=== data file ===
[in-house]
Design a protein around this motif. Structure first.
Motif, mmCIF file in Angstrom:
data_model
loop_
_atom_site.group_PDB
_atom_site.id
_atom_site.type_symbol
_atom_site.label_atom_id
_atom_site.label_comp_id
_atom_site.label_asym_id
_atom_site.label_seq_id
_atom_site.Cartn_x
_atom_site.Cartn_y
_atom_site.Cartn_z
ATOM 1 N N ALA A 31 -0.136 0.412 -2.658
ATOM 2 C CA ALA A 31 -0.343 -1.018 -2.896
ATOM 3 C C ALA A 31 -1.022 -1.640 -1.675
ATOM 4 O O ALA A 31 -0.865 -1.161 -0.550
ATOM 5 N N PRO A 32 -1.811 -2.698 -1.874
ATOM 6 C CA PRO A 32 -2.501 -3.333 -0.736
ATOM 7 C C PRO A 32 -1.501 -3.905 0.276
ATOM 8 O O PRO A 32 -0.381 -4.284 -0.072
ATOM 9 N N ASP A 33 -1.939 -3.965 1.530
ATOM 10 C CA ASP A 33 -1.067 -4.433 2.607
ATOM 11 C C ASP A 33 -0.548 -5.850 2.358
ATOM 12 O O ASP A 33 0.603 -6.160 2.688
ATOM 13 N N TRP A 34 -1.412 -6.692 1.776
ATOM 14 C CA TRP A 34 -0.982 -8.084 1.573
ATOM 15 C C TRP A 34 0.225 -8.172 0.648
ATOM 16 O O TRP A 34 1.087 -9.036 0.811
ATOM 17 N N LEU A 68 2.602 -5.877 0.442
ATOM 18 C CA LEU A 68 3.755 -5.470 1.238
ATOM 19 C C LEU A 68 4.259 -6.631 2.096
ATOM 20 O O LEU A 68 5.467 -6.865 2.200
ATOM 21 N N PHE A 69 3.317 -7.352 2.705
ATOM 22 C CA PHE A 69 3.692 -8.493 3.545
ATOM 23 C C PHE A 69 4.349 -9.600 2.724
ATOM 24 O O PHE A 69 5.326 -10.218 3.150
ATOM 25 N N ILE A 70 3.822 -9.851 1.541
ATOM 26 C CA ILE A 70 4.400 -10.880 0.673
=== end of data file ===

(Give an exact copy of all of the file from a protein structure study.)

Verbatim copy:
[in-house]
Design a protein around this motif. Structure first.
Motif, mmCIF file in Angstrom:
data_model
loop_
_atom_site.group_PDB
_atom_site.id
_atom_site.type_symbol
_atom_site.label_atom_id
_atom_site.label_comp_id
_atom_site.label_asym_id
_atom_site.label_seq_id
_atom_site.Cartn_x
_atom_site.Cartn_y
_atom_site.Cartn_z
ATOM 1 N N ALA A 31 -0.136 0.412 -2.658
ATOM 2 C CA ALA A 31 -0.343 -1.018 -2.896
ATOM 3 C C ALA A 31 -1.022 -1.640 -1.675
ATOM 4 O O ALA A 31 -0.865 -1.161 -0.550
ATOM 5 N N PRO A 32 -1.811 -2.698 -1.874
ATOM 6 C CA PRO A 32 -2.501 -3.333 -0.736
ATOM 7 C C PRO A 32 -1.501 -3.905 0.276
ATOM 8 O O PRO A 32 -0.381 -4.284 -0.072
ATOM 9 N N ASP A 33 -1.939 -3.965 1.530
ATOM 10 C CA ASP A 33 -1.067 -4.433 2.607
ATOM 11 C C ASP A 33 -0.548 -5.850 2.358
ATOM 12 O O ASP A 33 0.603 -6.160 2.688
ATOM 13 N N TRP A 34 -1.412 -6.692 1.776
ATOM 14 C CA TRP A 34 -0.982 -8.084 1.573
ATOM 15 C C TRP A 34 0.225 -8.172 0.648
ATOM 16 O O TRP A 34 1.087 -9.036 0.811
ATOM 17 N N LEU A 68 2.602 -5.877 0.442
ATOM 18 C CA LEU A 68 3.755 -5.470 1.238
ATOM 19 C C LEU A 68 4.259 -6.631 2.096
ATOM 20 O O LEU A 68 5.467 -6.865 2.200
ATOM 21 N N PHE A 69 3.317 -7.352 2.705
ATOM 22 C CA PHE A 69 3.692 -8.493 3.545
ATOM 23 C C PHE A 69 4.349 -9.600 2.724
ATOM 24 O O PHE A 69 5.326 -10.218 3.150
ATOM 25 N N ILE A 70 3.822 -9.851 1.541
ATOM 26 C CA ILE A 70 4.400 -10.880 0.673